functional text



We explain what a functional text is, its characteristics and what types exist. Also, various examples from everyday life.

A functional text provides information on a specific subject.

What is a functional text?

It is known as texts functional or instrumental to those who pursue a utility practical and concrete, generally around giving you information the reader regarding a specific matter of daily life. Therefore, its reading is entirely practical, that is, it does not seek entertainment, aesthetic experience or dissemination, but rather to fulfill some immediately useful task.

Functional texts are very common and abundant in everyday life, and represent the most basic and fundamental level of literacy, that is, its application to the resolution of problems daily activities, such as transmitting information, serving as reminders, alerting about a specific situation, etc. In them, the functions always predominate referential Y appellative of language.

We must not under any circumstances confuse them with the founding texts, which are the great classic works of the literature or the mythology that, as its name implies, served as the foundation to start a cultural, religious tradition or even an entire civilization.

Characteristics of functional texts

Broadly speaking, functional texts are characterized by the following:

  • These are texts of variable length, usually short and concise, which convey to the reader some information of immediate interest and practical application.
  • They usually get to the point (without preamble) and use simple language, designed for quick understanding by the target audience.
  • They pursue an obvious, explicit and useful purpose, so they do not lend themselves to the aesthetic, the reflective, or the encyclopedic.
  • They are always tailored to the recipient, and they make sense in a real context.

Types of functional texts

Given the variety of functional texts, there is no universally valid classification for them, but it is possible to distinguish between the type of tasks they pursue, as follows:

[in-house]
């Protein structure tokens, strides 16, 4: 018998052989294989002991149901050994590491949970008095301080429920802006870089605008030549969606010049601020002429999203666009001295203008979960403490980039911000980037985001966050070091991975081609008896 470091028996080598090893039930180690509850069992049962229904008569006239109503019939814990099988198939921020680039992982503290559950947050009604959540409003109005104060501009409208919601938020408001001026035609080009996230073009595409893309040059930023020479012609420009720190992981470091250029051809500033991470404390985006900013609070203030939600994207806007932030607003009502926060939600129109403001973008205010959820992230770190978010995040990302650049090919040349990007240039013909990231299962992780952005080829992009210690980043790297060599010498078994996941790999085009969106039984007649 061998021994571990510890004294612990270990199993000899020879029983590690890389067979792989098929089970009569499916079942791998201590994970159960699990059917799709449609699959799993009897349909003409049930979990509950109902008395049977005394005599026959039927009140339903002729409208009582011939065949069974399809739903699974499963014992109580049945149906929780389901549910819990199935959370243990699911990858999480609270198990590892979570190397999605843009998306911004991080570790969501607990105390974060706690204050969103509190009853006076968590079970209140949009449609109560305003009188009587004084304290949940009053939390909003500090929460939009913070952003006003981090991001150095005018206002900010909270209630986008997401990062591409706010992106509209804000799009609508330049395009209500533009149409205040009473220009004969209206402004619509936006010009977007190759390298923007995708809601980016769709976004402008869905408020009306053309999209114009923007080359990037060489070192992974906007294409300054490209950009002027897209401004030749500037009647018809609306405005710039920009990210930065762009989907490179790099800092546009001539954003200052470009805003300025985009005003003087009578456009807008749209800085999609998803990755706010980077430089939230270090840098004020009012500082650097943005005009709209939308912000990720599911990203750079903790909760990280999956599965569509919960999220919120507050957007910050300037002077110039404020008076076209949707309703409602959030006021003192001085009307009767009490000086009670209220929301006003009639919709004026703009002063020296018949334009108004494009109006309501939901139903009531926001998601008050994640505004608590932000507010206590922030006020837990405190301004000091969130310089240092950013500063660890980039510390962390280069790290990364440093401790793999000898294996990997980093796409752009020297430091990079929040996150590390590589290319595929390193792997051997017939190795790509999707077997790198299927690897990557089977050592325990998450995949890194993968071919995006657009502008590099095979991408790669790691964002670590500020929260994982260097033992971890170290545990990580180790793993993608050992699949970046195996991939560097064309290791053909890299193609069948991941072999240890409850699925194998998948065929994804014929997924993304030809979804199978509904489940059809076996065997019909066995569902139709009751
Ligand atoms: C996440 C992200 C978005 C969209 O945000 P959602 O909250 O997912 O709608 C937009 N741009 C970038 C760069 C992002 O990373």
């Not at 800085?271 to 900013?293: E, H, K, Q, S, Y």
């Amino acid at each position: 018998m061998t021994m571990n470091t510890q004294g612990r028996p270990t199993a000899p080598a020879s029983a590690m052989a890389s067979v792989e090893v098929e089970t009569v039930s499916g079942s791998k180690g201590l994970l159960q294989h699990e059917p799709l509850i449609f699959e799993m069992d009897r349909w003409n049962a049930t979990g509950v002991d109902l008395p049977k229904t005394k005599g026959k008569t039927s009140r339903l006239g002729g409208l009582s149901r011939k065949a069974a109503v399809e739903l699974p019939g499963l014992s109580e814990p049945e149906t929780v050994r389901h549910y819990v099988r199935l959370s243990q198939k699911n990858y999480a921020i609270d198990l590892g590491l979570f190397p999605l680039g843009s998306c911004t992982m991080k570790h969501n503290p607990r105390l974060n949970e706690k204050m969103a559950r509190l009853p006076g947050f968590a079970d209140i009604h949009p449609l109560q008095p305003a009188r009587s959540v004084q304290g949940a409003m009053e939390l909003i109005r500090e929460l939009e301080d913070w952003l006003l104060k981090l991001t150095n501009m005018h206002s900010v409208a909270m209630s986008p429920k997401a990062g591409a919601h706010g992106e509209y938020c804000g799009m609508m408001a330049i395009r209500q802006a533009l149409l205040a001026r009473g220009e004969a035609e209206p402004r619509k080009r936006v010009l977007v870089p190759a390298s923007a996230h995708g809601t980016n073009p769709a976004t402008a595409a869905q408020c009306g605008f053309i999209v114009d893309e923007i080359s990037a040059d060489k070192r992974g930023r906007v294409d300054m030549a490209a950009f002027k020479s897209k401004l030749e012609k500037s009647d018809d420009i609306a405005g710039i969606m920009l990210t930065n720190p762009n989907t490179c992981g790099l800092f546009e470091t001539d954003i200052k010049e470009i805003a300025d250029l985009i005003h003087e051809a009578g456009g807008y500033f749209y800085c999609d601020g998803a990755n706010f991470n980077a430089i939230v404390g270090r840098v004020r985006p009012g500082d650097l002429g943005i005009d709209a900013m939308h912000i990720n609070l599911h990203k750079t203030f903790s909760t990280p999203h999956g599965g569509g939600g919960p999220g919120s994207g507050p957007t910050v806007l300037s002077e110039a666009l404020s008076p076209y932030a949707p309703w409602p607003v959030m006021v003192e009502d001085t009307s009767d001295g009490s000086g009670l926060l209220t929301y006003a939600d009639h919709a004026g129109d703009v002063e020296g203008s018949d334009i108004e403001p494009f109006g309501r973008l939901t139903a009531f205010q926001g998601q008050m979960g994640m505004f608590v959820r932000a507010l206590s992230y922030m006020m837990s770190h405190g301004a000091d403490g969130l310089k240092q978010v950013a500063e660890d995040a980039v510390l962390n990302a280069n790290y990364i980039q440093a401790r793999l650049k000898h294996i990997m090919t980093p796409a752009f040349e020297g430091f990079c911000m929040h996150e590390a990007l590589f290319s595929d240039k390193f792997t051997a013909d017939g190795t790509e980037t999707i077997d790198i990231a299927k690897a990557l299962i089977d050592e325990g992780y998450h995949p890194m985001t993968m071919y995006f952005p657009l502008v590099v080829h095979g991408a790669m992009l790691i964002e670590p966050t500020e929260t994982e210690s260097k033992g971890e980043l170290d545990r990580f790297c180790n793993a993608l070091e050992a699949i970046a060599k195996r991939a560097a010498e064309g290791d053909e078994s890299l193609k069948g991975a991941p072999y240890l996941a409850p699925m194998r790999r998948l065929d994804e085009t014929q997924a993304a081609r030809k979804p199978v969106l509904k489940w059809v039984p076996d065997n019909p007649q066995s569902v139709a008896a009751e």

• Functional texts of a personal nature, when they are part of the daily universe of a person, and make sense mainly for her or those who know her. For example, a note in someone's calendar.
  • Functional texts of a professional nature, when they are part of the universe of work, whatever it may be, and they make sense for those who practice the profession or work in the same context. For example, a memorandum business.
  • School-type functional texts, when they are part of the educational universe, that is, they convey practical information in the field of learning. They can be considered a subtype of personal text. For example, the notes that are taken in the class notebook.

Examples of functional texts

Functional texts seek to be understood quickly.

Here are some diverse examples of functional texts, taken from everyday life:

  • A grocery list for the market.
  • Someone's phone number listed in a personal address book.
  • A doctor's appointment reminder on someone's desk.
  • The life curriculum of an applicant for a job.
  • A detour announcement because a street is interrupted by construction.
  • Conceptual maps made by a university student.
  • The description of a product in an online catalog.
  • The label that identifies the shelf of a library or bookstore ("classics", "philosophy", "self-help", etc.).
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